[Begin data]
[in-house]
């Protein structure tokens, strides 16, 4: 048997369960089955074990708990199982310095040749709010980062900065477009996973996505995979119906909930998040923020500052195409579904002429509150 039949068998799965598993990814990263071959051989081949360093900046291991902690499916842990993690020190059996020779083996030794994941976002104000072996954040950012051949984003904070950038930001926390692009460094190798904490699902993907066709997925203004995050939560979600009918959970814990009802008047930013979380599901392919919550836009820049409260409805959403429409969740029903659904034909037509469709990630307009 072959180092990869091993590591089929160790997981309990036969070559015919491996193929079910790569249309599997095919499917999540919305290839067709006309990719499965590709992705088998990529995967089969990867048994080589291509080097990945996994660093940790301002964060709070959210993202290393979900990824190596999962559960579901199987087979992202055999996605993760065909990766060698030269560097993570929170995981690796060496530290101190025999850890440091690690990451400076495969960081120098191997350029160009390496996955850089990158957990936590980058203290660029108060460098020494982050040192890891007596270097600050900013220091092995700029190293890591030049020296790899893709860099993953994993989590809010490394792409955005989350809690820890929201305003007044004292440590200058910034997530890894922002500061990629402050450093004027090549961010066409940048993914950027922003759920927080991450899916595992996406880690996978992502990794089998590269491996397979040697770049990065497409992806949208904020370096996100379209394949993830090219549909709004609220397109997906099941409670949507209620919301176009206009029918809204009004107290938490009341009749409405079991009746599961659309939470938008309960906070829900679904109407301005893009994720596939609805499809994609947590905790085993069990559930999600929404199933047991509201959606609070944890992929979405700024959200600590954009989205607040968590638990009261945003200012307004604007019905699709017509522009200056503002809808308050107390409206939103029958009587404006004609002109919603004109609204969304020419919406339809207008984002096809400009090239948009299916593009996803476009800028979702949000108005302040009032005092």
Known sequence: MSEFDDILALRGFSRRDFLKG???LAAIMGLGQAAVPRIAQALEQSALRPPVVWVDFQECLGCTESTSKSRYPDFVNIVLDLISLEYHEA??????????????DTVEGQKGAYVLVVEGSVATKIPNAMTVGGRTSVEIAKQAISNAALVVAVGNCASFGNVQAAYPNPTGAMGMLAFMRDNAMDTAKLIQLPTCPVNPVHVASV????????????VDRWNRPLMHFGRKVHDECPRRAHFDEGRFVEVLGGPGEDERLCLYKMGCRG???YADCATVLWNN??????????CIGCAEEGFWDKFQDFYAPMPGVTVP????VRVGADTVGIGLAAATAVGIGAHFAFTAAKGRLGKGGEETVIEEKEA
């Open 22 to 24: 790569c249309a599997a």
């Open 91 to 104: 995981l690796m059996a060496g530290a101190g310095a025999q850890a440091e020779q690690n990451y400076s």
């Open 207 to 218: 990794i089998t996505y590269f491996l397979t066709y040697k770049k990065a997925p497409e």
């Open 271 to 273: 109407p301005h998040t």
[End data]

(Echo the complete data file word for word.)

[in-house]
């Protein structure tokens, strides 16, 4: 048997369960089955074990708990199982310095040749709010980062900065477009996973996505995979119906909930998040923020500052195409579904002429509150 039949068998799965598993990814990263071959051989081949360093900046291991902690499916842990993690020190059996020779083996030794994941976002104000072996954040950012051949984003904070950038930001926390692009460094190798904490699902993907066709997925203004995050939560979600009918959970814990009802008047930013979380599901392919919550836009820049409260409805959403429409969740029903659904034909037509469709990630307009 072959180092990869091993590591089929160790997981309990036969070559015919491996193929079910790569249309599997095919499917999540919305290839067709006309990719499965590709992705088998990529995967089969990867048994080589291509080097990945996994660093940790301002964060709070959210993202290393979900990824190596999962559960579901199987087979992202055999996605993760065909990766060698030269560097993570929170995981690796060496530290101190025999850890440091690690990451400076495969960081120098191997350029160009390496996955850089990158957990936590980058203290660029108060460098020494982050040192890891007596270097600050900013220091092995700029190293890591030049020296790899893709860099993953994993989590809010490394792409955005989350809690820890929201305003007044004292440590200058910034997530890894922002500061990629402050450093004027090549961010066409940048993914950027922003759920927080991450899916595992996406880690996978992502990794089998590269491996397979040697770049990065497409992806949208904020370096996100379209394949993830090219549909709004609220397109997906099941409670949507209620919301176009206009029918809204009004107290938490009341009749409405079991009746599961659309939470938008309960906070829900679904109407301005893009994720596939609805499809994609947590905790085993069990559930999600929404199933047991509201959606609070944890992929979405700024959200600590954009989205607040968590638990009261945003200012307004604007019905699709017509522009200056503002809808308050107390409206939103029958009587404006004609002109919603004109609204969304020419919406339809207008984002096809400009090239948009299916593009996803476009800028979702949000108005302040009032005092």
Known sequence: MSEFDDILALRGFSRRDFLKG???LAAIMGLGQAAVPRIAQALEQSALRPPVVWVDFQECLGCTESTSKSRYPDFVNIVLDLISLEYHEA??????????????DTVEGQKGAYVLVVEGSVATKIPNAMTVGGRTSVEIAKQAISNAALVVAVGNCASFGNVQAAYPNPTGAMGMLAFMRDNAMDTAKLIQLPTCPVNPVHVASV????????????VDRWNRPLMHFGRKVHDECPRRAHFDEGRFVEVLGGPGEDERLCLYKMGCRG???YADCATVLWNN??????????CIGCAEEGFWDKFQDFYAPMPGVTVP????VRVGADTVGIGLAAATAVGIGAHFAFTAAKGRLGKGGEETVIEEKEA
């Open 22 to 24: 790569c249309a599997a």
């Open 91 to 104: 995981l690796m059996a060496g530290a101190g310095a025999q850890a440091e020779q690690n990451y400076s």
């Open 207 to 218: 990794i089998t996505y590269f491996l397979t066709y040697k770049k990065a997925p497409e």
């Open 271 to 273: 109407p301005h998040t």